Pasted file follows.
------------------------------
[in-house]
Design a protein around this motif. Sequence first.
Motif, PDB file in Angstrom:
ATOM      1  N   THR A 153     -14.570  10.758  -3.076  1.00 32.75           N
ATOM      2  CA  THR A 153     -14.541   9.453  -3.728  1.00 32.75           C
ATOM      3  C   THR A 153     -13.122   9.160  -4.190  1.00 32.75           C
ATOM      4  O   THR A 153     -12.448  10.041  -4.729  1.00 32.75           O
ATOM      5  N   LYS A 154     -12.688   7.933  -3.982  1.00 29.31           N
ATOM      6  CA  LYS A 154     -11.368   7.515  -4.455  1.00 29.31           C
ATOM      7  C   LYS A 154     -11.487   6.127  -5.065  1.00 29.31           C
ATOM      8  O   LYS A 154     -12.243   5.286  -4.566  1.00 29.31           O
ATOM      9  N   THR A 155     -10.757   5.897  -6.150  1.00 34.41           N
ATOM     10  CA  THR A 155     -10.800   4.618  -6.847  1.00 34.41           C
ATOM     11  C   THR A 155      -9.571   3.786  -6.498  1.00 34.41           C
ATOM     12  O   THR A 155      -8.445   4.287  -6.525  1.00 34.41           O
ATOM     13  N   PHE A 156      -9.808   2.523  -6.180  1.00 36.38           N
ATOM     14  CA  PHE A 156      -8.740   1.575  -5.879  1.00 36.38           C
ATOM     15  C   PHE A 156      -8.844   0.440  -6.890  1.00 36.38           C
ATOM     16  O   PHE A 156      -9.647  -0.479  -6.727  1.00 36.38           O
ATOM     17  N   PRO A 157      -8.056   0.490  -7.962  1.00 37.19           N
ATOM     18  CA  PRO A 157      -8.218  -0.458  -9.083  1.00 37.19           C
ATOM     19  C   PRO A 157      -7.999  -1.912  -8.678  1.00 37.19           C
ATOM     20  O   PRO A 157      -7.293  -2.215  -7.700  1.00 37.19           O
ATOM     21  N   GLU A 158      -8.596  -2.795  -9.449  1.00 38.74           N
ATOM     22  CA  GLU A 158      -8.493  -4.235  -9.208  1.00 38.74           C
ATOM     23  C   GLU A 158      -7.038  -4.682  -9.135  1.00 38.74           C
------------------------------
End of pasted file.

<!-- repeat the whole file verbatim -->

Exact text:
[in-house]
Design a protein around this motif. Sequence first.
Motif, PDB file in Angstrom:
ATOM      1  N   THR A 153     -14.570  10.758  -3.076  1.00 32.75           N
ATOM      2  CA  THR A 153     -14.541   9.453  -3.728  1.00 32.75           C
ATOM      3  C   THR A 153     -13.122   9.160  -4.190  1.00 32.75           C
ATOM      4  O   THR A 153     -12.448  10.041  -4.729  1.00 32.75           O
ATOM      5  N   LYS A 154     -12.688   7.933  -3.982  1.00 29.31           N
ATOM      6  CA  LYS A 154     -11.368   7.515  -4.455  1.00 29.31           C
ATOM      7  C   LYS A 154     -11.487   6.127  -5.065  1.00 29.31           C
ATOM      8  O   LYS A 154     -12.243   5.286  -4.566  1.00 29.31           O
ATOM      9  N   THR A 155     -10.757   5.897  -6.150  1.00 34.41           N
ATOM     10  CA  THR A 155     -10.800   4.618  -6.847  1.00 34.41           C
ATOM     11  C   THR A 155      -9.571   3.786  -6.498  1.00 34.41           C
ATOM     12  O   THR A 155      -8.445   4.287  -6.525  1.00 34.41           O
ATOM     13  N   PHE A 156      -9.808   2.523  -6.180  1.00 36.38           N
ATOM     14  CA  PHE A 156      -8.740   1.575  -5.879  1.00 36.38           C
ATOM     15  C   PHE A 156      -8.844   0.440  -6.890  1.00 36.38           C
ATOM     16  O   PHE A 156      -9.647  -0.479  -6.727  1.00 36.38           O
ATOM     17  N   PRO A 157      -8.056   0.490  -7.962  1.00 37.19           N
ATOM     18  CA  PRO A 157      -8.218  -0.458  -9.083  1.00 37.19           C
ATOM     19  C   PRO A 157      -7.999  -1.912  -8.678  1.00 37.19           C
ATOM     20  O   PRO A 157      -7.293  -2.215  -7.700  1.00 37.19           O
ATOM     21  N   GLU A 158      -8.596  -2.795  -9.449  1.00 38.74           N
ATOM     22  CA  GLU A 158      -8.493  -4.235  -9.208  1.00 38.74           C
ATOM     23  C   GLU A 158      -7.038  -4.682  -9.135  1.00 38.74           C